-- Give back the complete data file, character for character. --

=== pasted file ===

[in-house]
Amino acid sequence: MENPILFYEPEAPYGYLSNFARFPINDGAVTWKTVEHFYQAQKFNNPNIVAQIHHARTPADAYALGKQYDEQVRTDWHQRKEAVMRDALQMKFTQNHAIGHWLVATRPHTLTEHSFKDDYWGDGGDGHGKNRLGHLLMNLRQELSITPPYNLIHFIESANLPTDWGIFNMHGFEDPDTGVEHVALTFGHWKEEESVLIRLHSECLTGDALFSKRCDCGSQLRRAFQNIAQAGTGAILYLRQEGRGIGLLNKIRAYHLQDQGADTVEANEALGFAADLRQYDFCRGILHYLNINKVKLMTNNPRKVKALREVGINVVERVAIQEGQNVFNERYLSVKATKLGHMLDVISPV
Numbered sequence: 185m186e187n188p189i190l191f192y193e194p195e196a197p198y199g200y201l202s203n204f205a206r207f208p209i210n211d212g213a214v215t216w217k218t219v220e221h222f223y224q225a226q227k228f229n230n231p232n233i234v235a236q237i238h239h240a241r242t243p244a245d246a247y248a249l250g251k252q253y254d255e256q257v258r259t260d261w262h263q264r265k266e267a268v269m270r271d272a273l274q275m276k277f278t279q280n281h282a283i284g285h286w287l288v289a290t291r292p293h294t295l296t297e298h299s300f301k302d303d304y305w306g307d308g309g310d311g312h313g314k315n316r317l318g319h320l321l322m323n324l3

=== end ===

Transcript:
[in-house]
Amino acid sequence: MENPILFYEPEAPYGYLSNFARFPINDGAVTWKTVEHFYQAQKFNNPNIVAQIHHARTPADAYALGKQYDEQVRTDWHQRKEAVMRDALQMKFTQNHAIGHWLVATRPHTLTEHSFKDDYWGDGGDGHGKNRLGHLLMNLRQELSITPPYNLIHFIESANLPTDWGIFNMHGFEDPDTGVEHVALTFGHWKEEESVLIRLHSECLTGDALFSKRCDCGSQLRRAFQNIAQAGTGAILYLRQEGRGIGLLNKIRAYHLQDQGADTVEANEALGFAADLRQYDFCRGILHYLNINKVKLMTNNPRKVKALREVGINVVERVAIQEGQNVFNERYLSVKATKLGHMLDVISPV
Numbered sequence: 185m186e187n188p189i190l191f192y193e194p195e196a197p198y199g200y201l202s203n204f205a206r207f208p209i210n211d212g213a214v215t216w217k218t219v220e221h222f223y224q225a226q227k228f229n230n231p232n233i234v235a236q237i238h239h240a241r242t243p244a245d246a247y248a249l250g251k252q253y254d255e256q257v258r259t260d261w262h263q264r265k266e267a268v269m270r271d272a273l274q275m276k277f278t279q280n281h282a283i284g285h286w287l288v289a290t291r292p293h294t295l296t297e298h299s300f301k302d303d304y305w306g307d308g309g310d311g312h313g314k315n316r317l318g319h320l321l322m323n324l3